Intermodal volumes jumped for many of the major Class I railroads in the second quarter this year, fueling increases in both their revenues and earnings while stoking hopes that more freight can be transitioned from trucks to trains.
Union Pacific Corp. (UP) said that out of its six business groups, intermodal garnered the second largest increase in volumes during the second quarter, rising 35%. UP’s second quarter business volumes, as measured by total revenue carloads, grew 18% vs. the same period in 2009 and represents the first time in six years that all six UP business groups reported volume growth in the same quarter.
Overall, UP posted net income of $711 million on 27% higher operating revenues of $4.2 billion in the second quarter, compared to net income of $465 million on $3.3 billion in operating revenues over the same period last year.
“We are bullish about continuing growth in domestic truckload conversions to our intermodal network, as driver pools and truckload capacity remain tight,” said Don Seale, chief marketing officer for Norfolk Southern Corp. (NSC) in the company’s second quarter earnings call with reporters.
Seale said NSC’s domestic volume, which was up 32%, led intermodal growth for the second quarter, with international volumes growing 10%, with an 8% increase in export and import shipments and 3% gain in exports. Premium intermodal volume jumped 19% as LTL and TL carriers used intermodal to roll out new services in the face of tight trucking capacity, he added.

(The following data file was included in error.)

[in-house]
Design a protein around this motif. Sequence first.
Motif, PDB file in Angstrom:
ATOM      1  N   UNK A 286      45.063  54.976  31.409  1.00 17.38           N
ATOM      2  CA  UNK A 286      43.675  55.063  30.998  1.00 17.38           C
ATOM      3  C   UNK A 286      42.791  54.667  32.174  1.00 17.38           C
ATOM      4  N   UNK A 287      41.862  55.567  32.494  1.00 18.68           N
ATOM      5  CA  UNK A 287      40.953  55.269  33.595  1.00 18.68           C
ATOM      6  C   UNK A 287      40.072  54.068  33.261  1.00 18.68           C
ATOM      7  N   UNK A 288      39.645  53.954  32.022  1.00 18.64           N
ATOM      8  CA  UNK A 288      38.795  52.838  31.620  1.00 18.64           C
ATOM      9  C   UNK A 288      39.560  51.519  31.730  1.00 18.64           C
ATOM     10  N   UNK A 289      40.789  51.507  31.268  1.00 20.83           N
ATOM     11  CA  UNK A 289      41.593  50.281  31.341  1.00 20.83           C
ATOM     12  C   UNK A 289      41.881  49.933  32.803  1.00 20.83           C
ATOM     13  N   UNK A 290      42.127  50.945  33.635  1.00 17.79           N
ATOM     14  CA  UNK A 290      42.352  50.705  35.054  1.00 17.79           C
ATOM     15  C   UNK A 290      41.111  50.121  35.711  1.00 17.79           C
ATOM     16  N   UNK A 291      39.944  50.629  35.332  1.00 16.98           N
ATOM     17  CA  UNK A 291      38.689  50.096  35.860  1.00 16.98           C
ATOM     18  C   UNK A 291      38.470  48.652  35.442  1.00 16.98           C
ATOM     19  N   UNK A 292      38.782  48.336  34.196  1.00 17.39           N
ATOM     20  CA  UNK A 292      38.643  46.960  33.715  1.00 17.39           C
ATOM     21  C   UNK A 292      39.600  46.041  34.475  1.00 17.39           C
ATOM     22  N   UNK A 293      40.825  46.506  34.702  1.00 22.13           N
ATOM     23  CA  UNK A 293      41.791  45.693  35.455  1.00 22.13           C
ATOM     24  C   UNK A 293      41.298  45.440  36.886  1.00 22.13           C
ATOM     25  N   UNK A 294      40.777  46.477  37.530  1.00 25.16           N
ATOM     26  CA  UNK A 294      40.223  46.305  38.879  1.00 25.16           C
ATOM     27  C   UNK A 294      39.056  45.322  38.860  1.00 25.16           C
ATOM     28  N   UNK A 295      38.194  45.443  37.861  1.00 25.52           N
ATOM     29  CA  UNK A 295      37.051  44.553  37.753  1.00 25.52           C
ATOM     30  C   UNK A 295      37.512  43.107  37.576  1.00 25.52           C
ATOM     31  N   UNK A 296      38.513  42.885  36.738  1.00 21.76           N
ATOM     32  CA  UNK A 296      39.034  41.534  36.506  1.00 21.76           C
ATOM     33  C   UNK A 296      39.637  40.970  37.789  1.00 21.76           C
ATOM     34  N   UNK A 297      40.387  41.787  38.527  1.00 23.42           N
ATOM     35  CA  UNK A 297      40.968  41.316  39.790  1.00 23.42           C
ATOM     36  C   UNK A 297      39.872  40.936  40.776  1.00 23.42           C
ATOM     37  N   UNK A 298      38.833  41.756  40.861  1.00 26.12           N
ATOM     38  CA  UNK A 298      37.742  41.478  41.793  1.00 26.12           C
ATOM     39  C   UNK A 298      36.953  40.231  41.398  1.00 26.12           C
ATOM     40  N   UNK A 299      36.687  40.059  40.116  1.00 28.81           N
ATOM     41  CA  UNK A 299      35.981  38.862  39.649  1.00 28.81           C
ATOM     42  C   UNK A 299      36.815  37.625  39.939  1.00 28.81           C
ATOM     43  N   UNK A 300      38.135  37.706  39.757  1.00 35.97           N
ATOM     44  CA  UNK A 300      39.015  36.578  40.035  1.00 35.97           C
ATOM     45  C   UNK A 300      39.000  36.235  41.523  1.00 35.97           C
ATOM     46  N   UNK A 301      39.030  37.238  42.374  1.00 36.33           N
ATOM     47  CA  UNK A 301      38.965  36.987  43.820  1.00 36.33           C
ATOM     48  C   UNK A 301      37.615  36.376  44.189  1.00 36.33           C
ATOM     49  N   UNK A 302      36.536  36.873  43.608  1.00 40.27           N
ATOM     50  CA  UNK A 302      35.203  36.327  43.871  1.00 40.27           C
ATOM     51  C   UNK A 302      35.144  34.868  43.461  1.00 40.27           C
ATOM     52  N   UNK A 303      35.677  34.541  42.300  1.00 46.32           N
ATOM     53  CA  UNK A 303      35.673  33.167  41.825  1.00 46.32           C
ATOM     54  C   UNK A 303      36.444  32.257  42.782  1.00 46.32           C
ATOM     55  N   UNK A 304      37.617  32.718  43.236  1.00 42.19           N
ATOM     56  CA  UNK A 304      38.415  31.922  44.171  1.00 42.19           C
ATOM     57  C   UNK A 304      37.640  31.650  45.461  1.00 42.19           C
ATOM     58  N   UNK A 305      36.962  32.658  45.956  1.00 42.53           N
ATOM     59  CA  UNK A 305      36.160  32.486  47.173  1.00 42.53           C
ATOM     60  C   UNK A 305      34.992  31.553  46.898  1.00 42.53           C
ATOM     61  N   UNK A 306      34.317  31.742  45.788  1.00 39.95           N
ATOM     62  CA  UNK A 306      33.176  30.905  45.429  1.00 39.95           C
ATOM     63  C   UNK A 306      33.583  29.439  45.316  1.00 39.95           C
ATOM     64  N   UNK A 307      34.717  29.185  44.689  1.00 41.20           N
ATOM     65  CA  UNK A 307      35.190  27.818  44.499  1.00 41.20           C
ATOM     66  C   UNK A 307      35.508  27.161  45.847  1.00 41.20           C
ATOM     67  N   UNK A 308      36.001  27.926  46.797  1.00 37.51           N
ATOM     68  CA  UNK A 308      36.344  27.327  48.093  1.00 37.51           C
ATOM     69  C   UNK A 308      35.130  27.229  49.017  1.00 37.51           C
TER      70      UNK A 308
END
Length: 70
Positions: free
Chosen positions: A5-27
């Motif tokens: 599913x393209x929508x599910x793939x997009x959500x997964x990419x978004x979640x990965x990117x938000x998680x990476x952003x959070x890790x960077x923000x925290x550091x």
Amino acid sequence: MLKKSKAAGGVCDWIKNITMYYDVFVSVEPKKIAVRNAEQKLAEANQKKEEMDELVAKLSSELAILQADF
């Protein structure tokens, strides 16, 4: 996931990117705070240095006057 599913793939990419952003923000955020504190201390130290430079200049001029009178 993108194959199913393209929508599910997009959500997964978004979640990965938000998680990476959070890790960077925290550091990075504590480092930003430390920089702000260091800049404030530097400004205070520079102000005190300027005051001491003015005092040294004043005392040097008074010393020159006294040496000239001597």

He added that NSC’s intermodal revenues were 23% higher in the second quarter – reaching $451 million – compared to the same period last year. Overall, NSC’s net income increased 59% to $392 million, with railway operating revenues expanding 31% to $2.4 billion, in the second quarter this year compared to the second quarter in 2009.
“This is our fourth straight quarter of volume growth, and we are optimistic about continued year-over-year increases in rail traffic,” NSC CEO Wick Moorman pointed out.
CSX Corp. said that its revenue gains during the second quarter were also driven in part by intermodal volume growth. International volumes increased due to new business and higher imports as a result of U.S. inventory replenishments, while domestic volumes continued to grow with truckload conversions and expanded service offerings.
All together, CSX said its operating income climbed 33% to $768 million on a total revenue increase of 22% to $2.7 billion in the second quarter this year, compared to the same period in 2009.
“While the economy remains dynamic, our markets overall continue to improve, and our outlook remains positive," said Michael Ward, CSX’s chairman, president & CEO.